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How I am tracking my WordPress plugin updates on my own update server

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I am selling my plugins on CodeCanyon, and they all come with a lifetime updater feature. Most of my plugins, including Lighthouse and Active Analytics, are being updated on a monthly basis, and the update is pushed to all users, regardless of the current version available on CodeCanyon.

Sometimes they are synchronized, sometimes CodeCanyon is behind, but they always catch up at some point.

Since I implemented the updater, last year, I wanted to know how many users are using my plugin and what version they have. So, I started recording pings to my updater API and storing some basic details, such as the WordPress version and the URL.

I have my own API endpoint for this, and I am storing everything in a MySQL database. I even have a nice chart – ⁣50{50,100,35,13,8,15,13,20,20,20,8,8,5,13,18,13,13,13,8,10}10 – that shows how many distinct websites are pinging the updater:

50{50,100,35,13,8,15,13,20,20,20,8,8,5,13,18,13,13,13,8,10}10

This is the Sparks font. It uses percentages, so numbers cannot go higher than 100. But it’s a good indicator for me to see how many new users I am getting daily. So far, the growth looks good. I assume whenever I release a new version, I get a spike.

There’s more to this Sparks font, and the design is interesting:

Bars

thin: 123{30,60,90,60,100,50,45,20}456

medium: 123{30,60,90,60,100,50,45,20}456

wide: 123{30,60,90,60,100,50,45,20}456

extra wide: 123{30,60,90,60,100,50,45,20}456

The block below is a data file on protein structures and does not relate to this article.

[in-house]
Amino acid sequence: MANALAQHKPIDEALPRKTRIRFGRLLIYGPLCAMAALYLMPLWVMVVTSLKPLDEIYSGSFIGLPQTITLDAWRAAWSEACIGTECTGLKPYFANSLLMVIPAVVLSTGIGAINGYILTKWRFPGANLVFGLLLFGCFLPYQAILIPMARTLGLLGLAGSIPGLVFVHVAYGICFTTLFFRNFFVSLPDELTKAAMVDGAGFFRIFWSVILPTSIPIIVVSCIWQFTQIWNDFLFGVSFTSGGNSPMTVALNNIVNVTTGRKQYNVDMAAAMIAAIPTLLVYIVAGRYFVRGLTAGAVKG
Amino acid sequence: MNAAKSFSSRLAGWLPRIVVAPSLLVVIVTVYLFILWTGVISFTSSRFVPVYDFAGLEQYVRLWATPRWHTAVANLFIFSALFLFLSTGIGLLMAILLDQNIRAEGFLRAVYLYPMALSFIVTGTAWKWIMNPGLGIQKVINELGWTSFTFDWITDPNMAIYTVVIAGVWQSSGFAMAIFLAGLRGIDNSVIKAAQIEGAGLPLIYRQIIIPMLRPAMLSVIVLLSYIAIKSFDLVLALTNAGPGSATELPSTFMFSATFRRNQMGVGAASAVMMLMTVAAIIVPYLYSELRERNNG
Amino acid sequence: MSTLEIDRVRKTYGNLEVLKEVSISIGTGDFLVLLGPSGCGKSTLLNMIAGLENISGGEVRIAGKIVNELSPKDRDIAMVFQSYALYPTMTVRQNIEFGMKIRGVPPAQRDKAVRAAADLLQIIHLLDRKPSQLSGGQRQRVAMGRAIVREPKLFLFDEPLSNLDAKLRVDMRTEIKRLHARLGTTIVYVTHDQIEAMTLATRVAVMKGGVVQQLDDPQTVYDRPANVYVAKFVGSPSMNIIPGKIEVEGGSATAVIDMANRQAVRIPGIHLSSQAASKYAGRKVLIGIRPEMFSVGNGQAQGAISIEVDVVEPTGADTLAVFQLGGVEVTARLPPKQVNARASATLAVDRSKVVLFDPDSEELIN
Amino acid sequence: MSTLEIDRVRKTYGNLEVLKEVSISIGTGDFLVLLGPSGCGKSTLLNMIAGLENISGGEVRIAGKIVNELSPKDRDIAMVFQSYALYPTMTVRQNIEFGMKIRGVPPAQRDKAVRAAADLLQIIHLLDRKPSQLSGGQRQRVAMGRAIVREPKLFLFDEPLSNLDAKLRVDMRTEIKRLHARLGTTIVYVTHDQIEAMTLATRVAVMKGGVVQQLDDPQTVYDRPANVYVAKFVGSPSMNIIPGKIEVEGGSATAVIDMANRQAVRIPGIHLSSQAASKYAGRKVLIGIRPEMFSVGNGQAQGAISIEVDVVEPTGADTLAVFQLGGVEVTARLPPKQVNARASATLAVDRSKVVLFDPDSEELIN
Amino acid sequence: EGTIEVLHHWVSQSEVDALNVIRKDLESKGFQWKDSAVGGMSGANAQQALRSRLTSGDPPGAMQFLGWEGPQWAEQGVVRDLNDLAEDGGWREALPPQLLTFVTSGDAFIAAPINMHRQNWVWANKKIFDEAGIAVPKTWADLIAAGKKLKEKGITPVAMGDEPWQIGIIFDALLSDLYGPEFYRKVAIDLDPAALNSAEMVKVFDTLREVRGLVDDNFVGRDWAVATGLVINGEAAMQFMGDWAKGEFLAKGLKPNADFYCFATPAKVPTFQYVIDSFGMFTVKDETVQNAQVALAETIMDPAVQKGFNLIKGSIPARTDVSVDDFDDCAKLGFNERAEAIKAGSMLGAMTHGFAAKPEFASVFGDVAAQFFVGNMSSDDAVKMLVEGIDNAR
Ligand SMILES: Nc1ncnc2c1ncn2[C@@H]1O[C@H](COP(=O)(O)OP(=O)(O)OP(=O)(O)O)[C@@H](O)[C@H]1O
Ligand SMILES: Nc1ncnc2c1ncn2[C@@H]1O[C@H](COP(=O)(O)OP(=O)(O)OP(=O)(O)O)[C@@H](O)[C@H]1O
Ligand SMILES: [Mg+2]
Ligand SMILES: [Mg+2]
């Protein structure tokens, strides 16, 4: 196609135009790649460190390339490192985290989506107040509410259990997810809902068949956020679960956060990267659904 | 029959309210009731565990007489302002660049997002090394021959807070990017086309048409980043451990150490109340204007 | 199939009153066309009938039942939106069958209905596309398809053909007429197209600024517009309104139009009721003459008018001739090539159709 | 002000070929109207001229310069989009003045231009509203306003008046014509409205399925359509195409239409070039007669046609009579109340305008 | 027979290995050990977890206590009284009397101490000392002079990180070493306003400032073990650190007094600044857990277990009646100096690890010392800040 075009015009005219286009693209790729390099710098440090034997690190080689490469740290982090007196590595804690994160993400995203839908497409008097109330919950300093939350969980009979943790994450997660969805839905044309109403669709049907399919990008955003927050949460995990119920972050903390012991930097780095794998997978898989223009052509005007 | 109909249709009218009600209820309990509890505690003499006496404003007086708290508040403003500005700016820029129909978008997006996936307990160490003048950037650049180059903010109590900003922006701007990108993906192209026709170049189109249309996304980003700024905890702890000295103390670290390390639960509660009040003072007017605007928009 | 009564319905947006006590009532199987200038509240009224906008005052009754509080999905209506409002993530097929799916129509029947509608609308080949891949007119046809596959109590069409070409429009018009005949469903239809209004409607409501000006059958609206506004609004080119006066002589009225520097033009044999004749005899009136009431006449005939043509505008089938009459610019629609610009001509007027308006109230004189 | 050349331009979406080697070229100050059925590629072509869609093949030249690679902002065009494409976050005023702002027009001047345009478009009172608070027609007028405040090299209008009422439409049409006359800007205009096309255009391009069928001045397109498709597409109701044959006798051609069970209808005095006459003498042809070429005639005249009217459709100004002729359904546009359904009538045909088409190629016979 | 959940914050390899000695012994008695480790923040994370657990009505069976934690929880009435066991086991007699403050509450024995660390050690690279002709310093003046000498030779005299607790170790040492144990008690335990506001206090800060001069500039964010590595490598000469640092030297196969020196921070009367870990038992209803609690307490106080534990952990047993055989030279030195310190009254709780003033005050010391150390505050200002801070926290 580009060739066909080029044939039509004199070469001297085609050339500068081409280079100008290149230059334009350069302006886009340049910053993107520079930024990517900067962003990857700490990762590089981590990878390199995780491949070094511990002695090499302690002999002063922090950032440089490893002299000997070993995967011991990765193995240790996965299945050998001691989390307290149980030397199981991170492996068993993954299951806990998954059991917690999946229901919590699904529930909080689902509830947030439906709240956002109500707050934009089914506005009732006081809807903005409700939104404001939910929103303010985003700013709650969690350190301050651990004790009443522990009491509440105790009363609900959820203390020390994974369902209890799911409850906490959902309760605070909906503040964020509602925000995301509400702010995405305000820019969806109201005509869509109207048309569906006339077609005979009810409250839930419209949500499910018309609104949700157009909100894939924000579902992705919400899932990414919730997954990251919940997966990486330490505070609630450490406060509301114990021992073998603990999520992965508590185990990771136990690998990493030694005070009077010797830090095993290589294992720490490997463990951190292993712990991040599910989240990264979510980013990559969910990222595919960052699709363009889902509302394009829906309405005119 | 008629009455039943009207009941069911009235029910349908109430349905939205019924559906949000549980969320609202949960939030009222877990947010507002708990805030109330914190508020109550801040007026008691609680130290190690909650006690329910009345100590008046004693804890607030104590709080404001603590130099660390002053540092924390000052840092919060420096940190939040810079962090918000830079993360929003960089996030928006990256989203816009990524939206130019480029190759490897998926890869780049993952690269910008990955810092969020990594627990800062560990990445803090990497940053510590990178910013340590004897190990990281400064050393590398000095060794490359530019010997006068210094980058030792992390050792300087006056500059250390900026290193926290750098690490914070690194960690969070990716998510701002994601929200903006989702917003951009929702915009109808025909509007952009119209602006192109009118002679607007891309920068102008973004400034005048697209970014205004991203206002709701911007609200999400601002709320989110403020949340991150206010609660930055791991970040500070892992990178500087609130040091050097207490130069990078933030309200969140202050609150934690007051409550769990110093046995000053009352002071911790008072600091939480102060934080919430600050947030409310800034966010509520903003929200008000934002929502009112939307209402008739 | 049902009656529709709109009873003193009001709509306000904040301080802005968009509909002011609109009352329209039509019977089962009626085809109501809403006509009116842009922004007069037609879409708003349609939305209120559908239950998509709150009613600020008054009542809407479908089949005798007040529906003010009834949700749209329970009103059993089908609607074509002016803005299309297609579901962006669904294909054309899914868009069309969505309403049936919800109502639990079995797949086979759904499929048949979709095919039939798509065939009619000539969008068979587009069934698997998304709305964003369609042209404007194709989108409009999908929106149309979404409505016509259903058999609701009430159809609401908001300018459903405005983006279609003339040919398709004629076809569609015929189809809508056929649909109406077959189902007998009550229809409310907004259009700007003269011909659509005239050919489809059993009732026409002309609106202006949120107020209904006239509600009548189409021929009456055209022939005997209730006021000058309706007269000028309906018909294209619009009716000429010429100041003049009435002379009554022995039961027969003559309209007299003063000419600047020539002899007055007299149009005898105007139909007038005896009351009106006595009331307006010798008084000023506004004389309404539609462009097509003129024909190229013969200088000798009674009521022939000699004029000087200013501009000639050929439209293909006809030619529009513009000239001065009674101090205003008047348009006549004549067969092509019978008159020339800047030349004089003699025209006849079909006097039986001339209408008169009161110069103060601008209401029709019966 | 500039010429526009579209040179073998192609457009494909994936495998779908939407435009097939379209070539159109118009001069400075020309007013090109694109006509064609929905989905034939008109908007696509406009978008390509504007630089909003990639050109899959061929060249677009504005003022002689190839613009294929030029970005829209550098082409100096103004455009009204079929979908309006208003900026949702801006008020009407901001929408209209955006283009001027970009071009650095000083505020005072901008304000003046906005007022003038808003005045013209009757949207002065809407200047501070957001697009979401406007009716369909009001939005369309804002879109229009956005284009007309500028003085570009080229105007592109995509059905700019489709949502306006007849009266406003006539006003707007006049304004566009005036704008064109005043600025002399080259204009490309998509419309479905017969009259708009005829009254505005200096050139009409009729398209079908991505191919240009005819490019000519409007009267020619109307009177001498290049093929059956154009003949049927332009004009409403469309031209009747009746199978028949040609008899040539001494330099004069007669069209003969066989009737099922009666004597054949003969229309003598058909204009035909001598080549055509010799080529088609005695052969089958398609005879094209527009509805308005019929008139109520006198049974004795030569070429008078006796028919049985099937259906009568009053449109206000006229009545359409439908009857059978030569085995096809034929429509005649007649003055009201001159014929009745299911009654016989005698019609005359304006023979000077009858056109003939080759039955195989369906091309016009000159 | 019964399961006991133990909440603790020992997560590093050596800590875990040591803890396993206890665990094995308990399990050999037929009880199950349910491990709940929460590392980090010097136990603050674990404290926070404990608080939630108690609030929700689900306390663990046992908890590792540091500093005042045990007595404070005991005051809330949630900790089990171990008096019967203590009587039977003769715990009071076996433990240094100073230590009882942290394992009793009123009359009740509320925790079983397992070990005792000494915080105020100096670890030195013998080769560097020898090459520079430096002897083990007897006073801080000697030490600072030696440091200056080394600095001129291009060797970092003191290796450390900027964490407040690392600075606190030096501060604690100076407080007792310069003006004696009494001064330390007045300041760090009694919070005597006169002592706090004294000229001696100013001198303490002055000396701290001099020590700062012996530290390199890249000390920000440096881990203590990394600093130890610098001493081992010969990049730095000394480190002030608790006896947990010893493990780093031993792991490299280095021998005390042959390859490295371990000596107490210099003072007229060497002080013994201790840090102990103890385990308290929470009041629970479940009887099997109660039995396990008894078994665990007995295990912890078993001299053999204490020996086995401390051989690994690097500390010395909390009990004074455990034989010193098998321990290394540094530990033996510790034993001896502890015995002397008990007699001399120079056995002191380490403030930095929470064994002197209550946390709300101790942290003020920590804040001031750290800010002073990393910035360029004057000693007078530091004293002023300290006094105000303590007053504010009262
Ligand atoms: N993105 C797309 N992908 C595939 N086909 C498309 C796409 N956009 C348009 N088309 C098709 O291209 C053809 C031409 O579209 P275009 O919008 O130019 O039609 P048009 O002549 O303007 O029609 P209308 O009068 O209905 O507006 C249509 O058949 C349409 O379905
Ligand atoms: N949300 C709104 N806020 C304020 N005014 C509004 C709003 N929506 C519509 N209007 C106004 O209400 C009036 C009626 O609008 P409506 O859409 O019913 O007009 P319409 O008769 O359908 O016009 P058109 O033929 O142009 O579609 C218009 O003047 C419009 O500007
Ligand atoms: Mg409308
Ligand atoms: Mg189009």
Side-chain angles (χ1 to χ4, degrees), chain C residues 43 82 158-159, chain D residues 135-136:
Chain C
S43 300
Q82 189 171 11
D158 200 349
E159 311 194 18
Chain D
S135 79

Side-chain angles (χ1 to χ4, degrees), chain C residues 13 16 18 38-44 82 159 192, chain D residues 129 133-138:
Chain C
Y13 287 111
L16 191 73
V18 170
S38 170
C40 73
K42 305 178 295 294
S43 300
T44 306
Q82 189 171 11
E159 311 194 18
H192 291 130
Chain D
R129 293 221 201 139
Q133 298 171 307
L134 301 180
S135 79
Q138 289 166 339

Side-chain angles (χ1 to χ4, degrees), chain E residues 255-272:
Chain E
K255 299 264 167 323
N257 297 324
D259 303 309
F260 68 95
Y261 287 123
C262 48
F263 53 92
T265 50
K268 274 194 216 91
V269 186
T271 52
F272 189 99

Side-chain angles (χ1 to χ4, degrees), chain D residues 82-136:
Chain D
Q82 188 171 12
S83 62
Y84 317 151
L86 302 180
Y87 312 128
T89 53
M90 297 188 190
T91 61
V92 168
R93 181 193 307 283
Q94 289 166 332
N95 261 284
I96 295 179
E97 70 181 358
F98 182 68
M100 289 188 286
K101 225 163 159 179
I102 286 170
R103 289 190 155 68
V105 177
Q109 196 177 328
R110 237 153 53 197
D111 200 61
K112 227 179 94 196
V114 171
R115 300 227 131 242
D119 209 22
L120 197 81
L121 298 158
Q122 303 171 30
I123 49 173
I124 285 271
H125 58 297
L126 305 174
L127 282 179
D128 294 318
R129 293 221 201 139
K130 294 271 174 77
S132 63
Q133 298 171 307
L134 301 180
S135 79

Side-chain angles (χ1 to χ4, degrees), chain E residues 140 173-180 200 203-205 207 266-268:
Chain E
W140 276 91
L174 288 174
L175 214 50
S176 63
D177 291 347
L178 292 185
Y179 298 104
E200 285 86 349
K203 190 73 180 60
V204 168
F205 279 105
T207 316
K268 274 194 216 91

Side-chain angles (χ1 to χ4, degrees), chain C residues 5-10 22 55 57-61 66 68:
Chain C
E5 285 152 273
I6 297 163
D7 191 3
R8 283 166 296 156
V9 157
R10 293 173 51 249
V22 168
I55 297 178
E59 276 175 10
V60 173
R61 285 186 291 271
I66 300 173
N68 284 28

Dots

extra small: 123{30,60,90,60,100,50,45,20}456

small: 123{30,60,90,60,100,50,45,20}456

medium: 123{30,60,90,60,100,50,45,20}456

large: 123{30,60,90,60,100,50,45,20}456

Lines

extra thin: 123{30,60,90,60,100,50,45,20}456

thin: 123{30,60,90,60,100,50,45,20}456

medium: 123{30,60,90,60,100,50,45,20}456

thick: 123{30,60,90,60,100,50,45,20}456

extrathick: 123{30,60,90,60,100,50,45,20}456

I have also implemented the same updater for the company I’m working with, for 2 plugins and one theme. My personal ones are 3 plugins and one theme. So far, I’m happy with the result.

What can I do with it, though?

Obviously, marketing. Basically, I can contact the owners of the websites and upsell them plugin modules. I don’t have any, though, and contacting them might be against GDPR regulations. So, the only purpose my stats have right now is just that: statistics. Data. Information. Power!

Knowing that my plugins are being used by, say, 3000 websites is a nice thing. What else can I do with the data?

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